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Trinidad & Tobago

Trinidad is much like its cuisine: a rich, slow-cooking curry made up of the sweet and sour that life has to offer. It is a land rich in industry, locally grown foods, and hard working people. Think of all the ingredients that make up our “melting pot” here in the States, and imagine them in a smaller pot with the heat cranked up to High. As you can imagine, things get interesting quick! Steel drums meet professional boxing, rainforest meets industrial sprawl, and striving hard workers walk next to the blithely content. Trinidad is a chutney of cultures, flavors, and humanity that is deeply intriguing and, at times, slightly disturbing.

My perfect vacation spot and my first stop is always the food market. The big, city market is in Trinidad’s Port of Spain, just footsteps from the shipyard and in the valley below the old fort. The hospital is also perched high above where the view is clearer and the air is thought to be healthier. Trinidad’s size, prosperity, and diversity make this one of the most interesting markets in the Caribbean. Trinidad is diverse in geography with rainforests, tar pits, and southern exposure to waters from the great rivers of Venezuela. Hence, coffee, chocolate, and cane plantations abound. Another little known fact is that many of the herbs and spices needed for the classic French liqueur Pernod are grown in Trinidad’s rich, sun-drenched soil. All this bounty coupled with an economy which is strong enough to allow its people to partake in it, make the market a success and a festival.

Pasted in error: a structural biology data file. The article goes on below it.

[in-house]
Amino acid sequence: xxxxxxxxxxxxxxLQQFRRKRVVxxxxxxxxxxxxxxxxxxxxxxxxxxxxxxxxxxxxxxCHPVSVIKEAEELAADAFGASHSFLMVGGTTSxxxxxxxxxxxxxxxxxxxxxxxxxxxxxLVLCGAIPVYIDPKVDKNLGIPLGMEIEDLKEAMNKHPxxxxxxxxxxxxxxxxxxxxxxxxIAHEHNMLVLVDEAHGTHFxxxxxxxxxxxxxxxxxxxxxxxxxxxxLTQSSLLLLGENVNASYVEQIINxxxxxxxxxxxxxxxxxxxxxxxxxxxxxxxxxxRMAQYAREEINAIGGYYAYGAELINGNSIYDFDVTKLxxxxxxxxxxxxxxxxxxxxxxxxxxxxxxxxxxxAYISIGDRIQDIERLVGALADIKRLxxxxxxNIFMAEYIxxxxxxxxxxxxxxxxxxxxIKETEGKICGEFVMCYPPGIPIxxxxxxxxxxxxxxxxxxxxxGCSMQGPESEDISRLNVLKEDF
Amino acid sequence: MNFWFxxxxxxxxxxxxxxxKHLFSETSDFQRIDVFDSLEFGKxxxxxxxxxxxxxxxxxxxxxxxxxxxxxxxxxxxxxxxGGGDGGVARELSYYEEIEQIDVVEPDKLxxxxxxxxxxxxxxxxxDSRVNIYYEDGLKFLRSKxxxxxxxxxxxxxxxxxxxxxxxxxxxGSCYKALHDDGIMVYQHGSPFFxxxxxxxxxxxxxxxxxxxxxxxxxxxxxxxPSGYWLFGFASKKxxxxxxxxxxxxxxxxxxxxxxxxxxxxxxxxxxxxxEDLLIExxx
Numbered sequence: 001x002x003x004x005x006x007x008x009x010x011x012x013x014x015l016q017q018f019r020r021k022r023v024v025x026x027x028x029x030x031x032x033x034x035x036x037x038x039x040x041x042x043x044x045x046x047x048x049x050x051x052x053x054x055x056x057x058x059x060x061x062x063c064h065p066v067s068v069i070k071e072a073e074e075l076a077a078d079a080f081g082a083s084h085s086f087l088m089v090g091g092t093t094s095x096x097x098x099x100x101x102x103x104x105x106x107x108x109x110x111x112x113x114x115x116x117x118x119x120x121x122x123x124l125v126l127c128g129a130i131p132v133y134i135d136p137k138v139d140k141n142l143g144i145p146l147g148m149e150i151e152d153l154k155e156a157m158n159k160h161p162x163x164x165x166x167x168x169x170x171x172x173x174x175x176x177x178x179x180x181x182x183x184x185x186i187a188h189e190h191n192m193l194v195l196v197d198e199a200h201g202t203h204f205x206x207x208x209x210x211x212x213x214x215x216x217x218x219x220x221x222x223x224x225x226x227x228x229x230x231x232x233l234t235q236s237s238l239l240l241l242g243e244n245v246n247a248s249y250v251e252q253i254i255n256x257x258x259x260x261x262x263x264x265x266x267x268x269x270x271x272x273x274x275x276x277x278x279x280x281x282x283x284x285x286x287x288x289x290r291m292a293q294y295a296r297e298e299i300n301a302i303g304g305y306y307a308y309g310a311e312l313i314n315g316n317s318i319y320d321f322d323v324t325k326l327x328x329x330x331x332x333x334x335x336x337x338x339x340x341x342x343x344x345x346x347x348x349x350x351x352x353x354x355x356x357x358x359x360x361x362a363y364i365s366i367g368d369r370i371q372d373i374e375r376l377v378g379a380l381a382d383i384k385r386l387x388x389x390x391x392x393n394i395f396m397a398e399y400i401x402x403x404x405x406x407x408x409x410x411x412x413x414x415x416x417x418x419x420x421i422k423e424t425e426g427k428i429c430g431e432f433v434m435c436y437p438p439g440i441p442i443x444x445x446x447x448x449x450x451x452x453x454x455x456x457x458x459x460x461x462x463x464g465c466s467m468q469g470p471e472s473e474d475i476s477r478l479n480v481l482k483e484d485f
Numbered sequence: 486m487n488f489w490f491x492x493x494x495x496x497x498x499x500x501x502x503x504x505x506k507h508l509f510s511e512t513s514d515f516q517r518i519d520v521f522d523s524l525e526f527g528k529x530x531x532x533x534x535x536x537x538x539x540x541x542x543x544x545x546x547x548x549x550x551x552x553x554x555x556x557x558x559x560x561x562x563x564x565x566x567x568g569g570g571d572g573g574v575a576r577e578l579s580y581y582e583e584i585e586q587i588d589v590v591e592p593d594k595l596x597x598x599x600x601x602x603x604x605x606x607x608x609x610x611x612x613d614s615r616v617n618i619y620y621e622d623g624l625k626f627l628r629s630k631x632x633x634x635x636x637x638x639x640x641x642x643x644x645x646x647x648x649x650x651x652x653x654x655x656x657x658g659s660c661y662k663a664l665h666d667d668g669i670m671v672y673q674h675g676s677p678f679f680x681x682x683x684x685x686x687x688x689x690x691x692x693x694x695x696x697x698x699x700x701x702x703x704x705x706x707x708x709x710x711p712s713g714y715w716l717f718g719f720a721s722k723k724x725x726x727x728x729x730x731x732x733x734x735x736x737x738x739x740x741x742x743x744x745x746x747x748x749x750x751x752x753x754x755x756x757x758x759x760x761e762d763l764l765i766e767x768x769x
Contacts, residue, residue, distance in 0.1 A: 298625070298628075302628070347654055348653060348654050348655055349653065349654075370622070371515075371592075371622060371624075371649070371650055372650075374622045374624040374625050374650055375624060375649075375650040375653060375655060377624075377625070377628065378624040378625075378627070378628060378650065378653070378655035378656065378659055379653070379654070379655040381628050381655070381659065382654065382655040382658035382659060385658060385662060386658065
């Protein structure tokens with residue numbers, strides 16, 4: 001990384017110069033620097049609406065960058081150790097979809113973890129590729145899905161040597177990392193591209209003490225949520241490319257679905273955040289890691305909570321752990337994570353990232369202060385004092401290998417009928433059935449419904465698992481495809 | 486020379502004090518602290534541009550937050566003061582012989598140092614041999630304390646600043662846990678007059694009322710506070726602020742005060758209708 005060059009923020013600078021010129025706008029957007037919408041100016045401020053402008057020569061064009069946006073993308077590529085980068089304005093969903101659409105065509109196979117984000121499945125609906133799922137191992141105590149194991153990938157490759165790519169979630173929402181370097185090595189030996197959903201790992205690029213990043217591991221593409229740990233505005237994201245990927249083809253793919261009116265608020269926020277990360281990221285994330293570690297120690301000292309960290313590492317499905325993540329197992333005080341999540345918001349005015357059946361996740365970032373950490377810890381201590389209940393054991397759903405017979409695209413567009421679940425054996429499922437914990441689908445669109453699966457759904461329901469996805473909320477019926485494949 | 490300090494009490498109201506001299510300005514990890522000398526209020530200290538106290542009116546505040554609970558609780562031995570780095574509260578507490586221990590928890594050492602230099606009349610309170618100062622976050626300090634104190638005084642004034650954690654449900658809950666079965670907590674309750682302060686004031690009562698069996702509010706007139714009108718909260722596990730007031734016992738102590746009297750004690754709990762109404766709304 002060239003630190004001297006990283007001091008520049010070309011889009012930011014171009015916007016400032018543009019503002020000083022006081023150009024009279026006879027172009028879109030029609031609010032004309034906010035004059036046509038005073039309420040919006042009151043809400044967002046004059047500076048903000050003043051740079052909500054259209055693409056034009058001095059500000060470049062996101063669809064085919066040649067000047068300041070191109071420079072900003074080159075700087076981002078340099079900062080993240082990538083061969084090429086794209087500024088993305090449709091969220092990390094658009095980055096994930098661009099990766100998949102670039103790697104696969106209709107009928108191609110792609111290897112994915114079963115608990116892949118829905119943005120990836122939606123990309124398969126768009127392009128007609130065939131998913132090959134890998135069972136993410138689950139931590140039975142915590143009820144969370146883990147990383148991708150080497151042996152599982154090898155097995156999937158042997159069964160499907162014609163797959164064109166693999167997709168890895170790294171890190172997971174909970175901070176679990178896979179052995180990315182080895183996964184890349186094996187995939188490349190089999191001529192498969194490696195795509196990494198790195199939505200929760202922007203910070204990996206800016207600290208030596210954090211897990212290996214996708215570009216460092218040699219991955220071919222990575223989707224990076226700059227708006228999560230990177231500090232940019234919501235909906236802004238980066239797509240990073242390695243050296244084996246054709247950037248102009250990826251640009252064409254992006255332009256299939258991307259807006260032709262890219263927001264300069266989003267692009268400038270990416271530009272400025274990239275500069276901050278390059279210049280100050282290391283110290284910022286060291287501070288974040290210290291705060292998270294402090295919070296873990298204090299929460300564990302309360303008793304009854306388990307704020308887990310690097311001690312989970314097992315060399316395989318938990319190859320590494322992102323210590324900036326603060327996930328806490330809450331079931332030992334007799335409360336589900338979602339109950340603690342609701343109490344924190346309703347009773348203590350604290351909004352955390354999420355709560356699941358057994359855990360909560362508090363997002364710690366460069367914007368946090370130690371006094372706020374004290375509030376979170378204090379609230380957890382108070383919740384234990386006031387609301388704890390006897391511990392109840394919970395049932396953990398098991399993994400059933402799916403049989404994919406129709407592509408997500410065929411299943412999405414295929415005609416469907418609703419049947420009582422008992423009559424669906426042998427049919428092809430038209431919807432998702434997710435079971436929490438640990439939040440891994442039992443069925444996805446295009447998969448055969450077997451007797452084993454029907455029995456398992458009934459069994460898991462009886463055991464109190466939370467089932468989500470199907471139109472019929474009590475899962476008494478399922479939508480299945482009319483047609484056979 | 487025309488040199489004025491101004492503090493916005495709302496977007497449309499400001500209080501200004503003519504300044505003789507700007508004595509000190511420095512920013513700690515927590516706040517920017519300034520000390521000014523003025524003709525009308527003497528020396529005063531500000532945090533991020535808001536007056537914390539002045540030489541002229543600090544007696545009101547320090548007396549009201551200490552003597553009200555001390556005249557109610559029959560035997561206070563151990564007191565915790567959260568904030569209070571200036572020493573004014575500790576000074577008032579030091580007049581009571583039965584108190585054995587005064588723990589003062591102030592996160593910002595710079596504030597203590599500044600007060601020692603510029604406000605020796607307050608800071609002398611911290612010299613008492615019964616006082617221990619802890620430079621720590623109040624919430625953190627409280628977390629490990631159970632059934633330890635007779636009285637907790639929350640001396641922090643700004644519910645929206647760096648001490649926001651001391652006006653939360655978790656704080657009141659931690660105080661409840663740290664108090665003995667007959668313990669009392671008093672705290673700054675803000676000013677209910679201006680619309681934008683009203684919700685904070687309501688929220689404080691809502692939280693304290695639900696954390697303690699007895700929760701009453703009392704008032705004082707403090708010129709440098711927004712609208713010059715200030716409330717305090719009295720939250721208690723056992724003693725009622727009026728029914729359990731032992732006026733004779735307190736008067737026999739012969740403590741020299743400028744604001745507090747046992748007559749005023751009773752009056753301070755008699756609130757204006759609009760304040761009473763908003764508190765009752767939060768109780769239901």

This place is not for the faint at heart though. You’ll see plenty of things that you would normally find on Fear Factor, especially in the stalls where the beef, pork, and poultry are slaughtered. But armed with a strong stomach, you’ll be fine. My advice is, if you pass something that smells funny to you, breathe through your mouth. Don’t over-drink the night before, eat a good breakfast several hours ahead of the journey, and you’ll be all right.

I like to spend most of my time in the outside area where locals from the surrounding hills and ports bring their goods. These range from cooking and medicinal herbs to a grand king fish sliced into steaks by the proud fisherman’s wife. I love seeing the sweet water crabs “poked” - you must poke your hand in the hole to catch them - from the rainforest rivers. They are all tied up in palm leaves like victims of some type of bondage ritual. Luckily, the buyer isn’t going to be the one devoured.